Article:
Berger’s Interesting Quote!

“A zoo is a place where many species and varieties of animal as possible are collected in order that they can be seen, observed, studied.  In principle, each cage is a frame round the animal inside it. Visitors visit the zoo to look at animals. They proceed from cage to cage, not unlike visitors in an art gallery who stop in front of one painting, and then move on to the next or the one after next. Yet in the zoo the view is always wrong. Like an image out of focus. One is so accustomed to this that one scarcely notices it any more; or, rather, the apology habitually anticipates the disappointment, so that the latter is not felt. And the apology runs like this: What do you expect? It’s not a dead object you have come to look at, it’s alive. It’s leading its own life. Why should this coincide with its being properly visible? Yet the reasoning of this apology is inadequate. The truth is more startling” (Berger 459).

I find this quote to be very interesting because the quote unmasks the deceitful nature of Zoo’s and reveals how superficial human beings have become. Zoo’s might have been established with the sole purpose of educating the public about wildlife, help endangered animals reproduce, or to learn more about animals in their “natural habitat.” However, these attractions as good as their initial intentions may have been established have turned the wild and its animals into robotic and sad institutions. Yes, the animals are given food, an artificial home, and medicine but have robbed the animals of their true wild side. Have you not noticed how excited children are to go to the zoo? They expect to find these exotic animals, such as the Lion go on an exciting hunt and instead stand 100 feet away from a lazy lion resting under the shade. I’m not saying these wild animals should never have a time to simply rest. What I am saying, however, is that the Zoos environment is basically a case of magic tricks. The homes in which the animals live by are nothing more than a tainted reality. I could imagine that if most of the animals in the zoo are released into the wilderness then most will die because they have become so accustomed to the wildlife. It is unjust that we partake in attending these institutions because we are giving our approval so that these animals can be exploited for financial gain. It has come to the point that these animals are unresponsive to outside stimuli. These animals have become so used to the attention that whenever a new person or persons come by the animals seems to just remain seated and calm. Where is their wild spirit? Where is their uncontrollable desire to conquer? Where is the savagery? This spirit might still be in them it just might be dormant. The next question is, when do these Zoo animals stop being wild animals and where does the domestication of animals begin?  In essence, the institutions of Zoos allow for the exploitation of animals and create a false concept of naturalness to wilderness.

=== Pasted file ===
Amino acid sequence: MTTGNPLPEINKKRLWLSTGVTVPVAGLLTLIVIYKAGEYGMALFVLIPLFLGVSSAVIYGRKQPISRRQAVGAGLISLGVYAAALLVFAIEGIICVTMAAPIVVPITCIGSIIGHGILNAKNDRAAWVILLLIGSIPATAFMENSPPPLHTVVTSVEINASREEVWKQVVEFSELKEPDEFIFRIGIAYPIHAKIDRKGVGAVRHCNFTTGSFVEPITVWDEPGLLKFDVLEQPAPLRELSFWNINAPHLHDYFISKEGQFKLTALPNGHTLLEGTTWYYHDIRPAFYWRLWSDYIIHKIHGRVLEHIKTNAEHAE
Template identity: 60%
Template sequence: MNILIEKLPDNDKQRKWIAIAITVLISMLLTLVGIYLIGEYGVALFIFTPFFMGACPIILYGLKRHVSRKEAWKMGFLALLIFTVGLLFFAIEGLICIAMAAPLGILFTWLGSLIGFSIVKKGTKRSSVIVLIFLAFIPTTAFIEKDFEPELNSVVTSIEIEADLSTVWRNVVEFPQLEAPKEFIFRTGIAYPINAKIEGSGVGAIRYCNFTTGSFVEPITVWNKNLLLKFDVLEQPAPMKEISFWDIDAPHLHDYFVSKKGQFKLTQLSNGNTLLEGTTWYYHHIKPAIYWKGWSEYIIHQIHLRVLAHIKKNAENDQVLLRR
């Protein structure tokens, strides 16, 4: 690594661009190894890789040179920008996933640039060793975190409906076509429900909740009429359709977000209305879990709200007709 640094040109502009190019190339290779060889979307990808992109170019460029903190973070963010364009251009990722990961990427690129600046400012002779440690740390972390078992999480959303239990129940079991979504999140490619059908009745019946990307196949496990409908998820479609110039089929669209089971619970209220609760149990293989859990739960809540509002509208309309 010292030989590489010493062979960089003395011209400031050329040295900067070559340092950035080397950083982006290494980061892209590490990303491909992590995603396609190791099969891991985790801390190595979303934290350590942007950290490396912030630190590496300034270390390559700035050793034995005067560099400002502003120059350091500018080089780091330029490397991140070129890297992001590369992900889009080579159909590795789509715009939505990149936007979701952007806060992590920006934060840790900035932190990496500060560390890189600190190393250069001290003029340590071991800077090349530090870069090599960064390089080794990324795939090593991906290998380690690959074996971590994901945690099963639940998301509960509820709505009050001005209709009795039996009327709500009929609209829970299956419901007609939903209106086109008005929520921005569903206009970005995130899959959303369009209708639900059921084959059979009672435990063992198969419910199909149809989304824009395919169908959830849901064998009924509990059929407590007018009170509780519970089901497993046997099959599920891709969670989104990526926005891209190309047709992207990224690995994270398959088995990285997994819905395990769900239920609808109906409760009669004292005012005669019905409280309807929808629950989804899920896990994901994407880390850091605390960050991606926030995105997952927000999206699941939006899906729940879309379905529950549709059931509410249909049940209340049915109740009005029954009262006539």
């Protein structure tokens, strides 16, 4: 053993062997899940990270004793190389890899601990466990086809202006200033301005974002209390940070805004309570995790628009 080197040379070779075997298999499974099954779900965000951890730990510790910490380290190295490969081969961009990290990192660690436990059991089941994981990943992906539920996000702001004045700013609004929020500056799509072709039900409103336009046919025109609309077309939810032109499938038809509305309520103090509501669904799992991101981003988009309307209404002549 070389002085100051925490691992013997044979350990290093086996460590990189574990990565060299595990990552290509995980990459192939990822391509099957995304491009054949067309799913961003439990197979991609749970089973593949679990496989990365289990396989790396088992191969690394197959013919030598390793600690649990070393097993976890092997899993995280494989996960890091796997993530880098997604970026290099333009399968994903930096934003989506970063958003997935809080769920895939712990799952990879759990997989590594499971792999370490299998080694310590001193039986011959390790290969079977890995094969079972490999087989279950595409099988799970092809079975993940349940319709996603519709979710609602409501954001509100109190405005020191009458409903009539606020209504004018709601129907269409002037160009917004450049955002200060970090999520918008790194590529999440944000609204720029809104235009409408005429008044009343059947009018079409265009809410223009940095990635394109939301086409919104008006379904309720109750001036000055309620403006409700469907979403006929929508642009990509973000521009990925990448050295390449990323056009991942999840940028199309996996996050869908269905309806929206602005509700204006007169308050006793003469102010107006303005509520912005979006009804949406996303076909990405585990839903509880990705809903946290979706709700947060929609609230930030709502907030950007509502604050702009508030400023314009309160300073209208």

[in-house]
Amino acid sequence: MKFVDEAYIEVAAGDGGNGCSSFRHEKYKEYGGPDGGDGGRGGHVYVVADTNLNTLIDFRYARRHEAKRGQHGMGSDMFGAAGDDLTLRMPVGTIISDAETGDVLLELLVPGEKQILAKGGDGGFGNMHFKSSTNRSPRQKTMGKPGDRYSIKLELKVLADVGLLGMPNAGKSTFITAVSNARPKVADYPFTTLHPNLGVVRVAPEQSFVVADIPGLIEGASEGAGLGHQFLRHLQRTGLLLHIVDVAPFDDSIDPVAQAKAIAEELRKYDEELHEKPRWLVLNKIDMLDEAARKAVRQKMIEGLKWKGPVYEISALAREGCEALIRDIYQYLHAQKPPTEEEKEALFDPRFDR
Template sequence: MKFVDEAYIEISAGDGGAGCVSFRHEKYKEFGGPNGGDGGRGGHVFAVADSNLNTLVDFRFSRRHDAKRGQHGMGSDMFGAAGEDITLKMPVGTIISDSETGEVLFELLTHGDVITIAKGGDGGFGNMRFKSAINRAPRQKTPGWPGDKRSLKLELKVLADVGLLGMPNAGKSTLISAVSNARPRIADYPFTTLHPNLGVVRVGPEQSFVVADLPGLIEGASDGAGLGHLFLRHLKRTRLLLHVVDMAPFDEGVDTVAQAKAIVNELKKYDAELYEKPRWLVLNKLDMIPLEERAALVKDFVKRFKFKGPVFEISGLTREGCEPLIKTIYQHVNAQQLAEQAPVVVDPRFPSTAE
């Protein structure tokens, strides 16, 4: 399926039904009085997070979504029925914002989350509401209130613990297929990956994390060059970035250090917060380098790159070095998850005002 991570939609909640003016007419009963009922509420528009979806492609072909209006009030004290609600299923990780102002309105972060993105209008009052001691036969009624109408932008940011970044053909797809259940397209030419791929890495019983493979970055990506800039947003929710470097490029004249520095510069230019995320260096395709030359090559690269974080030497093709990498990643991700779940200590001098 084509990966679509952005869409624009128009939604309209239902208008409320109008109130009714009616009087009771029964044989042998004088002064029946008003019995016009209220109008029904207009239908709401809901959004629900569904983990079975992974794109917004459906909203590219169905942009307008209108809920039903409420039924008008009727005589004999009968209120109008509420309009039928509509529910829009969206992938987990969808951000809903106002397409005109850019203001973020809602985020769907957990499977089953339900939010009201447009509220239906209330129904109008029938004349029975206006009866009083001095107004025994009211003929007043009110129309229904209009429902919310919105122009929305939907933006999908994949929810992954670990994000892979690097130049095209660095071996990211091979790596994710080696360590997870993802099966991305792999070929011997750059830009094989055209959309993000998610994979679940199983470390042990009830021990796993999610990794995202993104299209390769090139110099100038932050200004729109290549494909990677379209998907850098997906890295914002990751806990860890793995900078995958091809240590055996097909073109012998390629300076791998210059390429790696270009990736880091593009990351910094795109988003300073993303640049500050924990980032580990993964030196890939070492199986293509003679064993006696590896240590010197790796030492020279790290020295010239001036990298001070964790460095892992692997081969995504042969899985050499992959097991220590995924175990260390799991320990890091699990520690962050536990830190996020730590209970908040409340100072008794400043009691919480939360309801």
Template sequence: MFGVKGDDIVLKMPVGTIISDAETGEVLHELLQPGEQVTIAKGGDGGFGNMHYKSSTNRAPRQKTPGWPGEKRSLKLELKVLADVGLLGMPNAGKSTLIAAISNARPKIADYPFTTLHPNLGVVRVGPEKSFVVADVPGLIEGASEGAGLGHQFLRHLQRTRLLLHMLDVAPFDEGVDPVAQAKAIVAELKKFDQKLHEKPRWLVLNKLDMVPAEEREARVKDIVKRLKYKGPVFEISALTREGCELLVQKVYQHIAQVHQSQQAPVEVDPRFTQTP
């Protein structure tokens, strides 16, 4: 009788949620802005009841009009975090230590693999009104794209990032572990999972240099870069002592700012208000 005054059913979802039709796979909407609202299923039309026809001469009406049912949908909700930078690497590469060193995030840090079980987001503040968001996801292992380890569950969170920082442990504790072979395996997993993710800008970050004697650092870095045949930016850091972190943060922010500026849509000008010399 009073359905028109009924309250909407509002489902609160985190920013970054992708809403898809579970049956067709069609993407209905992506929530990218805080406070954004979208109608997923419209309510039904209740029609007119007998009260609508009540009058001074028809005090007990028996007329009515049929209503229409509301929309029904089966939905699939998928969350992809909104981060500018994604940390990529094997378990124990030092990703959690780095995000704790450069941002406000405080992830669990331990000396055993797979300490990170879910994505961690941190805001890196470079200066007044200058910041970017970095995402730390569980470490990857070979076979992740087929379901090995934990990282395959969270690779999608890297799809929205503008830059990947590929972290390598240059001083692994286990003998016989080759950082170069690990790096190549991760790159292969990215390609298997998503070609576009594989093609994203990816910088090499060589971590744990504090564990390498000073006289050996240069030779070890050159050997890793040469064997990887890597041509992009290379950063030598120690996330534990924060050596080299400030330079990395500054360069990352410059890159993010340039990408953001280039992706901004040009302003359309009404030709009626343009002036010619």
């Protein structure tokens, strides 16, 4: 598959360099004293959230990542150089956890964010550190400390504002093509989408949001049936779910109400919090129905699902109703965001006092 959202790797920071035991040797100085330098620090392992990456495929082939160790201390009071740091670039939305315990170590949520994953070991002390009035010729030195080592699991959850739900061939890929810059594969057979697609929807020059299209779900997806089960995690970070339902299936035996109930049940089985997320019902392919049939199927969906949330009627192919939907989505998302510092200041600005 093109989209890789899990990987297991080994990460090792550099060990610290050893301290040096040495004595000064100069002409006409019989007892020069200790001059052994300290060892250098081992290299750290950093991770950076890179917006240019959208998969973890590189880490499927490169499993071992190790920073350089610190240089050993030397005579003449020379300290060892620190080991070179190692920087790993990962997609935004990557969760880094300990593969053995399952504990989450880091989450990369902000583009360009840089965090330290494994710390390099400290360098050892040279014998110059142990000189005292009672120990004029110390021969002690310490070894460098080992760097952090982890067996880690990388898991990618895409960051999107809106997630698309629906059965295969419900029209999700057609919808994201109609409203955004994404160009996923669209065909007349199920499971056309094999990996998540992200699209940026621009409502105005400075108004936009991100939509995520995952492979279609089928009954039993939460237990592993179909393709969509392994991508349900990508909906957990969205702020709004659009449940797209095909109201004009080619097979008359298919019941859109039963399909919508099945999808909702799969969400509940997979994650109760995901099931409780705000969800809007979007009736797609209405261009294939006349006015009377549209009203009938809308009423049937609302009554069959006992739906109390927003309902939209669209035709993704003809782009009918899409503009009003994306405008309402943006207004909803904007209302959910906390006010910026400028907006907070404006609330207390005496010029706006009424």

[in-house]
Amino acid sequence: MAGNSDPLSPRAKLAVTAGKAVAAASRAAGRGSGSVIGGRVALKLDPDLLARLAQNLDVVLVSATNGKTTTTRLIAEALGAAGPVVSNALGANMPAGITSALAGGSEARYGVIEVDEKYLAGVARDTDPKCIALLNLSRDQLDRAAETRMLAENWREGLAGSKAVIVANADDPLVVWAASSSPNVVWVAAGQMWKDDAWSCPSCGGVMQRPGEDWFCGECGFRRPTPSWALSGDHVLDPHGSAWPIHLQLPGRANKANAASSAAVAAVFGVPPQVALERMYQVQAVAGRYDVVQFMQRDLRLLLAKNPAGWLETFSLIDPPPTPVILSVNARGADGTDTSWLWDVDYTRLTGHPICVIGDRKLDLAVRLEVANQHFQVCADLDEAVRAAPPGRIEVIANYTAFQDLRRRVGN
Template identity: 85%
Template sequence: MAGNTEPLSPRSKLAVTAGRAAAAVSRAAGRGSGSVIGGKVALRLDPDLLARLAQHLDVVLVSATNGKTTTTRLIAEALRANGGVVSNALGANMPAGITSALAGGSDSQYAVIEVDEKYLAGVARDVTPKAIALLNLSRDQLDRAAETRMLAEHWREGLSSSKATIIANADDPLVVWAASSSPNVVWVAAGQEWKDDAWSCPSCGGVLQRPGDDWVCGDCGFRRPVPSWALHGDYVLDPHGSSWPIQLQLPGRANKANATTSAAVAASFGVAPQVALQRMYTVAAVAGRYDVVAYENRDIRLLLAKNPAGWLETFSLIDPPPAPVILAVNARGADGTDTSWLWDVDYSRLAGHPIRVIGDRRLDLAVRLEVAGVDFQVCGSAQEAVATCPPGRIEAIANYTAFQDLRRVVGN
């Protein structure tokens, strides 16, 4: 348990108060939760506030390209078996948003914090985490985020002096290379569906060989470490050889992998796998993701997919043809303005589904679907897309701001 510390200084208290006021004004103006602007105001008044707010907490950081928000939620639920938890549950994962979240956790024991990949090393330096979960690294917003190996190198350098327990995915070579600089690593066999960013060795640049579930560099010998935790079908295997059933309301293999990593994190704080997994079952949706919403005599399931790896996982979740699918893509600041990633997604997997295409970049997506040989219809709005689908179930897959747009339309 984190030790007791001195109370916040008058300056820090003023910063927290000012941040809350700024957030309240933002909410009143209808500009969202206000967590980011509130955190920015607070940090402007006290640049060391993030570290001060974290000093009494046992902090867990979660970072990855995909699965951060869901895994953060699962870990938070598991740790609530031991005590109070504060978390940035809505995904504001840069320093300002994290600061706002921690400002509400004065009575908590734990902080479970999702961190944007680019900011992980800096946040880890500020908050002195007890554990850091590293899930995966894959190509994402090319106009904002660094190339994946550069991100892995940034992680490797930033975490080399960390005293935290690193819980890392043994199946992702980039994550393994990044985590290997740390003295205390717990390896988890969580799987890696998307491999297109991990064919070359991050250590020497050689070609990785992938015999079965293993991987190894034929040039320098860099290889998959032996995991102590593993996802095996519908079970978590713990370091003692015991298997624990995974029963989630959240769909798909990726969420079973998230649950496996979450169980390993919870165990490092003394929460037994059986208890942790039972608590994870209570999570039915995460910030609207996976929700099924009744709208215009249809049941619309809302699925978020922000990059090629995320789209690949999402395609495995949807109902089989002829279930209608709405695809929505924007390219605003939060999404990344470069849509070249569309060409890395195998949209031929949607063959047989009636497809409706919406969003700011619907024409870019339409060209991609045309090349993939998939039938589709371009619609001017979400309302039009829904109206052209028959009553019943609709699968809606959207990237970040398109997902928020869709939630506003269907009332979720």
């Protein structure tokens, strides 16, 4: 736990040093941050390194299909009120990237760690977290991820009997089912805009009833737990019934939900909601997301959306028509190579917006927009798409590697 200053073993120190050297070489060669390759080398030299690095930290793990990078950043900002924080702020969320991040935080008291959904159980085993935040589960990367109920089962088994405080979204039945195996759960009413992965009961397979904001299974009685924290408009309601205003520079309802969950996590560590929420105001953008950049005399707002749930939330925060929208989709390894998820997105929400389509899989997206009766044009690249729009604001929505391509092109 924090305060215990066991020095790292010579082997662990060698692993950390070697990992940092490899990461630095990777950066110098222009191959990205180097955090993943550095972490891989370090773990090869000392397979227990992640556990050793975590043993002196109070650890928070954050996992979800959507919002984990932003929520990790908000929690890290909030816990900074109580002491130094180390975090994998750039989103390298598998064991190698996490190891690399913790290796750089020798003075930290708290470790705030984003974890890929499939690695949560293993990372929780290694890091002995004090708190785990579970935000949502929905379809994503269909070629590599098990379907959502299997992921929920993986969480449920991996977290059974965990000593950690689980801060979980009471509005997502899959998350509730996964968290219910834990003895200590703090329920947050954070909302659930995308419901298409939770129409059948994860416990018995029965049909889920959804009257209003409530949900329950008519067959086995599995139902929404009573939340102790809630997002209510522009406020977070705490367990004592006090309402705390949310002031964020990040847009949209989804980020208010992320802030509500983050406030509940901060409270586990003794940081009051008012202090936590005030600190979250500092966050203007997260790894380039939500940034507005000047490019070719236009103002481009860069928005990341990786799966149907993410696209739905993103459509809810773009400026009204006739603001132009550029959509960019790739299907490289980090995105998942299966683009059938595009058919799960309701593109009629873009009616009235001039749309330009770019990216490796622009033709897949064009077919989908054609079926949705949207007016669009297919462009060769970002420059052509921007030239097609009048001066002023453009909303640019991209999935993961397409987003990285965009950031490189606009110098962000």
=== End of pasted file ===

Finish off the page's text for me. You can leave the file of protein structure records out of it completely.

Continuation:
Berger, John. About Looking. InternationalCH./Art: Why Look at Animals? p. 3-28. Pub. Vintage Sept 1991

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5 responses to this post.

  1. Posted by yribaf on November 15, 2011 at 8:04 pm

    I agree with your post and would like to answer several of the questions you have asked to the best of my knowledge. Wild animals have the knowledge to survive on the earth, but once you put them in a cage, they begin to lose this knowledge. They slowly forget how to hunt, where to migrate, etc. The process of domestication begins as soon as the animal is put into a cage and given food by humans. If the animal is given food instead of hunting for it, then there is no need to retain the knowledge for survival in the wild. Domestication is a process, it takes time to change the mind of an animal, to forget the landscape you were born connected to. All animals have a desire to be free, it is within each and every one of our nature. When you cage any animal, including humans, they lose their wild spirit because we were never meant to be locked away in an enclosed space every day of our lives, generation after generation. All animals were born into an untamed world, constantly changing and evolving, and locking an animal in a cage strips them of the very world they were meant to live in.